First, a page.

Chinese Outbound Investment in the European Union

The European Chamber advocates the mutual openness of both Chinese and European markets, so the trend of increasing Chinese investment in the EU is therefore viewed positively. It is hoped that this will be a factor in the increasing openness of China’s markets to European companies in the future.

Therefore, in early-summer 2012, the European Chamber commissioned an initiative to examine Chinese outbound direct investment (ODI) in the EU. To help with this, two major multinational firms with experience assisting Chinese companies invest in Europe —KPMG and Roland Berger Strategy Consultants—agreed to contribute by providing access to Chinese enterprises with experience of investing in the EU.

The result was the publication Chinese Outbound Investment in the European Union, which was released on 31st January, 2012, in Beijing. What follows is an overview of this report.

Chinese ODI across the world is a phenomenon that has been gathering increasing attention in recent years. Rarely a week goes by without an article appearing in mainstream media detailing the latest figures or analysing a recent deal. Commentary flows from prominent think tanks, and conferences spring up across China and the rest of the world. Clearly this aspect of China’s continued economic rise is one of great interest across economic and political spheres as people look to better understand it and work out the implications.

Background information: Chinese ODI in context

China ODI in EUSince market reforms began in 1978, and particularly since the 1990s, there has been a large and fairly constant stream of foreign direct investment (FDI) from other countries into China, which has contributed to its economic growth. Chinese ODI on the other hand remained relatively small for much of this period, yet in recent years there has been a notable increase and ODI has become a prominent part of Chinese Government strategy. As stated in China’s 12th Five-Year Plan: “China must adapt to a more balanced growth model, in which we place equal stress on imports, exports, attracting foreign capital and promoting outbound investments, instead of the current dependence on exports and foreign capital.”

The world of FDI statistics is a fairly murky affair, with large discrepancies between official data sources, but according to data from the United Nations Conference on Trade and Development (UNCTAD), China’s ODI flows in 2011were USD 65 billion and total ODI stock had reached USD 366 billion. Chinese Government information states that by the end of 2011 more than 13,500 Chinese enterprises had established over 18,000 overseas enterprises in 177 different countries across the world.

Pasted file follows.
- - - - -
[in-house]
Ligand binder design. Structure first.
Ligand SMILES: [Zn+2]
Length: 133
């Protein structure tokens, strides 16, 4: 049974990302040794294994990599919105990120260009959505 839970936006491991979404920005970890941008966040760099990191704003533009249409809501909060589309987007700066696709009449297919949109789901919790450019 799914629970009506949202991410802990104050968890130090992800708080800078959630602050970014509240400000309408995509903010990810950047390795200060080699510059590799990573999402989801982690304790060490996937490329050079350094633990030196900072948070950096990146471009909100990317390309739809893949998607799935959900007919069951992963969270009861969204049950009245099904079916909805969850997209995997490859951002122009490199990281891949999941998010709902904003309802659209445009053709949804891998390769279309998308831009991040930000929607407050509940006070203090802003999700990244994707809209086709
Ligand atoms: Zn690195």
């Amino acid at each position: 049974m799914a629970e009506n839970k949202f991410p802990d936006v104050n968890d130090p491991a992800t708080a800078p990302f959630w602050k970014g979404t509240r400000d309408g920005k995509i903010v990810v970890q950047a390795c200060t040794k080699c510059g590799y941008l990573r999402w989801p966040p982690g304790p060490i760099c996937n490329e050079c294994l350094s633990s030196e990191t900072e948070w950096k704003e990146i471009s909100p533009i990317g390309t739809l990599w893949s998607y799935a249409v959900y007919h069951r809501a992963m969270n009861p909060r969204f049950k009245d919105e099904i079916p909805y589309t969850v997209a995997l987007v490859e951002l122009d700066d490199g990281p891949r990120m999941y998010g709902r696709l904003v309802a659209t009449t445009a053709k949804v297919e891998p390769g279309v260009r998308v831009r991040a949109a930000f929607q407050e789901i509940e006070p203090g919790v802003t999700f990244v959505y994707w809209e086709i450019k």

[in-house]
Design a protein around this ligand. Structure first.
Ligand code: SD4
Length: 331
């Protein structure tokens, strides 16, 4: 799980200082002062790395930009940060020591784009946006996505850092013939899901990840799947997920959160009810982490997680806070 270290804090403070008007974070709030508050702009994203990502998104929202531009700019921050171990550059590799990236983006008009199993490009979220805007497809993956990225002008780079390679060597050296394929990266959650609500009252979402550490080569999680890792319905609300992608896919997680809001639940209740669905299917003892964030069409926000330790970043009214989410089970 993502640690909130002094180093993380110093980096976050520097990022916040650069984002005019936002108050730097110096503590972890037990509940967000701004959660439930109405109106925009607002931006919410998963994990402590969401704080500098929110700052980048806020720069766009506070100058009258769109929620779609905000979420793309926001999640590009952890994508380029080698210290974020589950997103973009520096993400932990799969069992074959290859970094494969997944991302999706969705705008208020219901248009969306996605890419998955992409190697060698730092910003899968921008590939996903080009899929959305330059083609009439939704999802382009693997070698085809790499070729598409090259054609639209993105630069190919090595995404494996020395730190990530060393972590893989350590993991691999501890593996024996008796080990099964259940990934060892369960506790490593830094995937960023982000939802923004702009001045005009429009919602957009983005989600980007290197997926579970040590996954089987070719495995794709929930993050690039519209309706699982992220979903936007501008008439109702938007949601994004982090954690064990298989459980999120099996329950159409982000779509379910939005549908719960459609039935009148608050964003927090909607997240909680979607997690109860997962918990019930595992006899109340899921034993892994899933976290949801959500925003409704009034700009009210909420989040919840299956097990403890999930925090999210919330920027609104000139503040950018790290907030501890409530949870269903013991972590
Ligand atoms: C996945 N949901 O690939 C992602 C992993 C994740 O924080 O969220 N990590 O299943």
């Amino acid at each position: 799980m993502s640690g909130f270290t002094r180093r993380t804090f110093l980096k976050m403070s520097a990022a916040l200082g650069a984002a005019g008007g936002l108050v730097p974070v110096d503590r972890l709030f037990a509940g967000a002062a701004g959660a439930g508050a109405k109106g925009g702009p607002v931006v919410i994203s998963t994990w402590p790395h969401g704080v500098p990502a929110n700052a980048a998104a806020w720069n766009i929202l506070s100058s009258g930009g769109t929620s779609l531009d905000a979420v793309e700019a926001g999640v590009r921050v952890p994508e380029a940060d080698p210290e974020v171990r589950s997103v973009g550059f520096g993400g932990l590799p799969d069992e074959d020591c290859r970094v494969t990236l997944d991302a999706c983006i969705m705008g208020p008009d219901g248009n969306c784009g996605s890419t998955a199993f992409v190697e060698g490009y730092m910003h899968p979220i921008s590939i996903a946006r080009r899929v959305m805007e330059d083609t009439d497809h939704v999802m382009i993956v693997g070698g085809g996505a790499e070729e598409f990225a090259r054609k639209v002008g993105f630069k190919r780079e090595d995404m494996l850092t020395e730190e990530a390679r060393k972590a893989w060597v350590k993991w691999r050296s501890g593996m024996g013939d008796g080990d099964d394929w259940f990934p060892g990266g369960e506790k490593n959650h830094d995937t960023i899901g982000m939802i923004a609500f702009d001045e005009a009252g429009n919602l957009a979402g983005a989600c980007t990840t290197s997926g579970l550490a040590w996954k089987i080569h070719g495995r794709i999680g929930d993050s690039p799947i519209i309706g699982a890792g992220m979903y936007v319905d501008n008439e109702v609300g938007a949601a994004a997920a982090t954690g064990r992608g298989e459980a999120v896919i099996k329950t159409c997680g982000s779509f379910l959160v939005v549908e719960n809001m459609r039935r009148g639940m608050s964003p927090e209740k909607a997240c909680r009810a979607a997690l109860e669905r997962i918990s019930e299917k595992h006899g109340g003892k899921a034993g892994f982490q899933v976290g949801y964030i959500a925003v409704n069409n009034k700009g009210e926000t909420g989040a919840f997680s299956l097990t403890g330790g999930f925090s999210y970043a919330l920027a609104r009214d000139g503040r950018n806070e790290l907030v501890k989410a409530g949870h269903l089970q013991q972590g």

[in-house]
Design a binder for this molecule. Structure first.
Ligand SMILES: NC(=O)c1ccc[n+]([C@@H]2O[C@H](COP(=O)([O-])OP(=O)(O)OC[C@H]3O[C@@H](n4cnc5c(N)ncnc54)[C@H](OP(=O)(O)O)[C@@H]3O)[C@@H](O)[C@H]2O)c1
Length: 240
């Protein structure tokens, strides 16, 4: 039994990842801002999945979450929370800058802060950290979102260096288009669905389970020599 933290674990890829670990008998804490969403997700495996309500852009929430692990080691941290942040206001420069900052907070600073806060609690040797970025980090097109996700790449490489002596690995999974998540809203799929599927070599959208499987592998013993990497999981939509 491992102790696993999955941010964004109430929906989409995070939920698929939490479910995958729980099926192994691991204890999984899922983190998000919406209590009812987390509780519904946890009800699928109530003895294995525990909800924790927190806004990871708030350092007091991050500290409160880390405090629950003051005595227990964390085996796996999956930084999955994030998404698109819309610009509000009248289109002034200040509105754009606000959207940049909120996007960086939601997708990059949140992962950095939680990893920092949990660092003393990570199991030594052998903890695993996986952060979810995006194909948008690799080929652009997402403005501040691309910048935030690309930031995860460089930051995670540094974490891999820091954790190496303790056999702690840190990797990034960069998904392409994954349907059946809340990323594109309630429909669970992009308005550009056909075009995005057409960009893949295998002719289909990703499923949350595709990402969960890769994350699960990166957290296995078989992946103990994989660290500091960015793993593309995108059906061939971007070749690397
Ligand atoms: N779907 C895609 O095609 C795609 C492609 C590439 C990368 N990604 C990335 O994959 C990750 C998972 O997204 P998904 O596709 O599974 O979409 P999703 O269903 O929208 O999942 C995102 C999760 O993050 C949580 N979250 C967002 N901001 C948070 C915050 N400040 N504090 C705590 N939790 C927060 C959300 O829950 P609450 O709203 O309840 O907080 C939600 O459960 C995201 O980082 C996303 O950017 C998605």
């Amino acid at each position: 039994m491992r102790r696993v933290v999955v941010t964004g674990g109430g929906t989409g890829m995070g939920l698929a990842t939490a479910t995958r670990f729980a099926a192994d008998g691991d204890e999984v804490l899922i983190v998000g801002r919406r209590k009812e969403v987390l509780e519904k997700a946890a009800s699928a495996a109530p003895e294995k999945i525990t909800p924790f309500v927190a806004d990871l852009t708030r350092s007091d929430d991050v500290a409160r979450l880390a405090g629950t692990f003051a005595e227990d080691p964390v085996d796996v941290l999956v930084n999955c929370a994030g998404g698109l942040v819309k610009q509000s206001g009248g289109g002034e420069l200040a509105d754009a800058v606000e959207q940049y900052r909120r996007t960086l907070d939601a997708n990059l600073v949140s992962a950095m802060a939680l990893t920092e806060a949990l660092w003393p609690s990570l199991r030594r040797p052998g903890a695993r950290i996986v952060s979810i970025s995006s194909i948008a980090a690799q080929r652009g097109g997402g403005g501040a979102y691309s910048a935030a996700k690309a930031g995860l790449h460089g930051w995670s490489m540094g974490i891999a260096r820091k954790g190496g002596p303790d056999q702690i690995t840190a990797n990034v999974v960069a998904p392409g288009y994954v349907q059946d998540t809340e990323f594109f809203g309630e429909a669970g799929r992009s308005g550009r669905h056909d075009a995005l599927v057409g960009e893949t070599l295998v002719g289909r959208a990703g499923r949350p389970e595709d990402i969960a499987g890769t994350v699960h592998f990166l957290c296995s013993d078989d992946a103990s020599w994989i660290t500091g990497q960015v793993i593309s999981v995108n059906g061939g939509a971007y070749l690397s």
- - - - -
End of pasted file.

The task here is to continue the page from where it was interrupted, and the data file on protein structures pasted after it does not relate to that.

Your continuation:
With regards to China-EU investment relations, in 2011 EU FDI flow to China amounted to EUR 17.5 billion and Chinese ODI flow to the EU totalled EUR 3.2 billion. This would mean that mainland Chinese investments only counted for 1.4 per cent of total ODI into the EU in 2011, whereas the EU accounts for around 20 per cent of investment into China.

From the statistics though it can be seen that Chinese ODI to the EU is increasing year-on-year and this drive to increase Chinese ODI can also be seen in the Chinese Government’s own targets relating to ODI for the period of the 12th Five-Year Plan(2011-2015). These include:

  • ODI will increase at an annual rate of 17 per cent and will total USD 150 billion in 2015;
  • The amount of China’s overseas contracted projects will reach USD 180 billion and turnover will be USD 120 billion by 2015, with an annual growth rate of six per cent;
  • 550,000 Chinese nationals will go to work overseas during 2012, with the total number being over one million by the end of 2016.

The methodology

The basis for the study was a uniquely compiled questionnaire which was completed by 74 enterprises originating from Mainland China with experience of completing at least one investment in an EU country.

In addition to the questionnaires, qualitative information was gathered from a number of face-to-face interviews with senior figures from Chinese enterprises, Chinese Government bodies with scope over ODI, representatives of European investment promotion agencies in China, and other figures from European companies in China involved in facilitating such investments.